Each month, we post a series of blogs around a common topic. This month, Layton Williams is curating a series we’re calling “Ministry Out of the Box,” which features stories of ministers serving God in unexpected, diverse ways. What can ordained ministry look like outside of the parish? How might we understand God calling us outside of the traditional ministry ‘box?’ We invite you to join the conversation on Facebook and Twitter!
by Adam Walker Cleaveland
“Hi, my name is Adam, and I’m an entrepreneur.”
When I was in seminary ten years ago, if you had told me I would graduate, serve three churches, and then start a business creating resources for children’s ministry… I would never have believed you.
First, I really didn’t care for children’s ministry (shhh, don’t tell anyone).
Second, I had read a lot of business and leadership books while in ministry and during my time in seminary, but it always felt like I should have been reading them with those old brown paper bag book covers like you used to make in elementary school for your textbooks. Sure, you could glean some interesting analogies and ideas from those books for ministry, but they were business books, and ministry and business needed to be kept far away from each other. I was, after all, pursuing the higher calling – being a pastor.
Oh, the naiveté of a first-year seminarian.
And yet, here I am. Ten years out of seminary and I’m a businessman (although, when I was just starting out and living the life of a ‘solopreneur,’ I could understand why Jay-Z might have felt like he himself was the business, man, and not just a businessman).
My journey here was not a quick or easy one. It was filled with successes, joys, and a lot of fulfillment serving churches in parish ministry. It was also filled with loss, depression, conflict, and moments of utter frustration with my calls. Parish ministry can be life-giving, but it can also suck the life out of you. It can make you question your call and your faith, and one can grow increasingly cynical about ministry.
Through a series of events over a two-year period, I eventually found myself imagining what it would look like to start a business offering illustrated faith resources to churches and families. The fact that there was an adult coloring craze occurring at the same time that I launched Illustrated Children’s Ministry (ICM) was also quite helpful.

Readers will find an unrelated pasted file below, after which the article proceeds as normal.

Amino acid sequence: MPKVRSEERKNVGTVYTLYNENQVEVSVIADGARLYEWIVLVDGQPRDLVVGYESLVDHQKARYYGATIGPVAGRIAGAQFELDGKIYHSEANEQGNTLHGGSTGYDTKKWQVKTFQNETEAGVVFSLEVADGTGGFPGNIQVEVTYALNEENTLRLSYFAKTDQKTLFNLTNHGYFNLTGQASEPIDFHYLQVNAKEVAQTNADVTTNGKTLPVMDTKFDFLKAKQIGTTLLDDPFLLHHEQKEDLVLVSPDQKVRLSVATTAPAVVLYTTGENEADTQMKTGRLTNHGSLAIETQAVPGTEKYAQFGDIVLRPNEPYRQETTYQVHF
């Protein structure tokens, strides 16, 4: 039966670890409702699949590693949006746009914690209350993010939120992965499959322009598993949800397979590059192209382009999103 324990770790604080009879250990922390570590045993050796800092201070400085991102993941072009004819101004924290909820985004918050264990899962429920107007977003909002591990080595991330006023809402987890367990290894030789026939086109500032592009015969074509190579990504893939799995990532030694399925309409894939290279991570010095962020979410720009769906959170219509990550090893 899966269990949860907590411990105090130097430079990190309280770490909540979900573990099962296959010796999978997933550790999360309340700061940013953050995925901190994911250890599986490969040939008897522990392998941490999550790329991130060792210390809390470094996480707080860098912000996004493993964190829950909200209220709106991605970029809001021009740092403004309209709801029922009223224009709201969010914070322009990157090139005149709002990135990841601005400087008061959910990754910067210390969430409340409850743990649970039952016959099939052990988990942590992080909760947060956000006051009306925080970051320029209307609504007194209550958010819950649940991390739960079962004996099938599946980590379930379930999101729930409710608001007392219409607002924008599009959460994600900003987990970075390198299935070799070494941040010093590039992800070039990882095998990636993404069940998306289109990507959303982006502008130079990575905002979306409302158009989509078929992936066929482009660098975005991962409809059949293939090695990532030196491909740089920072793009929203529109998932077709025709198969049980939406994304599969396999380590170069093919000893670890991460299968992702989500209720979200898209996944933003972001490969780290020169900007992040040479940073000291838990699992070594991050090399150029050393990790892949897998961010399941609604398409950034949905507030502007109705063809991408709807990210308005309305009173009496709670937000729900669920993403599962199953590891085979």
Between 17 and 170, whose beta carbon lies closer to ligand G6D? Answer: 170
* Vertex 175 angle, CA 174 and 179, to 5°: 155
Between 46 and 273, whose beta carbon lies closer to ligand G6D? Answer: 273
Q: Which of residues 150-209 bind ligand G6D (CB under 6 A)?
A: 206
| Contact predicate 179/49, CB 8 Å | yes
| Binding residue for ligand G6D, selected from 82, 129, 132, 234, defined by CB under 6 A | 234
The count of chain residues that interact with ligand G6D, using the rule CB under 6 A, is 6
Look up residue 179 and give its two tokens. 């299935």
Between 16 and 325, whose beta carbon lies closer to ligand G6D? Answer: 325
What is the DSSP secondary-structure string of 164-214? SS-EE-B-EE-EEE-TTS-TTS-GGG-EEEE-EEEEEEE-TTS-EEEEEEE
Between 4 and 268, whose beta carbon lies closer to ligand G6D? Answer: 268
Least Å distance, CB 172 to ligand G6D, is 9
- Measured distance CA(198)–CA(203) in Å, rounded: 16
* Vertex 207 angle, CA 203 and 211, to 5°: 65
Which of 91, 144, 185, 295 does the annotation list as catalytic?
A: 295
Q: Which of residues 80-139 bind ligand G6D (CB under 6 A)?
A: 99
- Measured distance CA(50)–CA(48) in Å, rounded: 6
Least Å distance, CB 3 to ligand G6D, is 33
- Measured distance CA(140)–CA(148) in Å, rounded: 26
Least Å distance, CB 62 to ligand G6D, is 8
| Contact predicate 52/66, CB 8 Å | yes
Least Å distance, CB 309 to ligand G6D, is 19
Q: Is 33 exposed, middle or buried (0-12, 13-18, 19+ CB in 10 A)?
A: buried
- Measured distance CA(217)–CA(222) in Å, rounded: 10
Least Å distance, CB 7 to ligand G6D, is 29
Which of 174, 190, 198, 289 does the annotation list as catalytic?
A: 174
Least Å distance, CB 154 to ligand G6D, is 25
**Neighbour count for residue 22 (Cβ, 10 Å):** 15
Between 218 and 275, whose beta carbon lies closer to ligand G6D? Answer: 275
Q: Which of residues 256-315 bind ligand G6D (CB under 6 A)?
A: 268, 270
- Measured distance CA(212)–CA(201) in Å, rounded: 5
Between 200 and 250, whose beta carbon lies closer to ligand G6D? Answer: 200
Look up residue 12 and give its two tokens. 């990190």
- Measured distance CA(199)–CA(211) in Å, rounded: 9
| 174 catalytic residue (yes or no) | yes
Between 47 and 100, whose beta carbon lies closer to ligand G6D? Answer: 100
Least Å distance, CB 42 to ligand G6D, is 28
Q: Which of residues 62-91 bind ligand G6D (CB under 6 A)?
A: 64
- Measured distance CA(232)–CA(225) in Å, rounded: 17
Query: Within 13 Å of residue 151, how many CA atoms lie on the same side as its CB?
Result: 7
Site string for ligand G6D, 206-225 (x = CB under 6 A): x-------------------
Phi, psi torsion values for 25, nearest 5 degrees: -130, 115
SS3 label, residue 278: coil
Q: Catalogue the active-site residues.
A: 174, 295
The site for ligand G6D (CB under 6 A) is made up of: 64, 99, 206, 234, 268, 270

Once the business began to take off and I started writing and talking more about the work we were doing, I found myself oddly avoiding some words related to the business. I became aware that I used certain words instead of more business-y-sounding words. I wouldn’t talk about our “products” but I would share extensively about our “resources.” We didn’t have “customers” – we had a “community.” ICM was a ministry – not a business.
For someone who spent a lot of time reminding parishioners that they could live out their callings as doctors, teachers, and businesspeople, I sure was having a hard time acknowledging that it wasn’t a bad thing that I was now an entrepreneur running a successful business. Why did I feel the need to avoid words like “products” when that is exactly what we sell at ICM? It’s like all those conversations in seminary about the church not being a business made me think that there was something wrong with being a business, or a businessperson.
And clearly, there isn’t anything wrong with it.
In fact, now that I am an entrepreneur and running my own small business, I feel like I’m doing more ministry and having a greater impact in the world by using my gifts in this way. One of the products that ICM sells is large coloring posters. For this past Advent, we had over one thousand churches from all over the world using our posters and creating opportunities for their communities to gather intergenerationally. We are currently selling stations of the cross coloring posters, and we’ve surpassed our numbers from Advent. I’m guessing that we’ll have close to 1,500 churches, schools, campus ministries, and retirement communities around the world coloring our posters.
Whether by choice or by necessity, I imagine that more and more pastors are going to start thinking about alternative ways that they can support themselves and their families, and starting a business is a great option. Fizzle is an online community for independent entrepreneurs who are working hard to earn a living doing something they love. I found this community when I started ICM and it’s been an incredible place of information and support. The crew at Fizzle says that the most successful businesses come together when you find a problem that people have in the world, you get to know those people, and care about them enough to be able to offer them a solution to that problem.
Gosh, I feel like I’ve heard something like that before.
The place God calls you to is the place where your deep gladness and the world’s deep hunger meet.
Adam Walker Cleaveland is the founder of Illustrated Children’s Ministry, LLC, a business that creates illustrated faith resources for the church and the home. He lives in Chicago with his wife (a pastor), their 5-yr old son and 6-week old daughter. Find out more about Illustrated Children’s Ministry at their website: illustratedchildrensministry.com.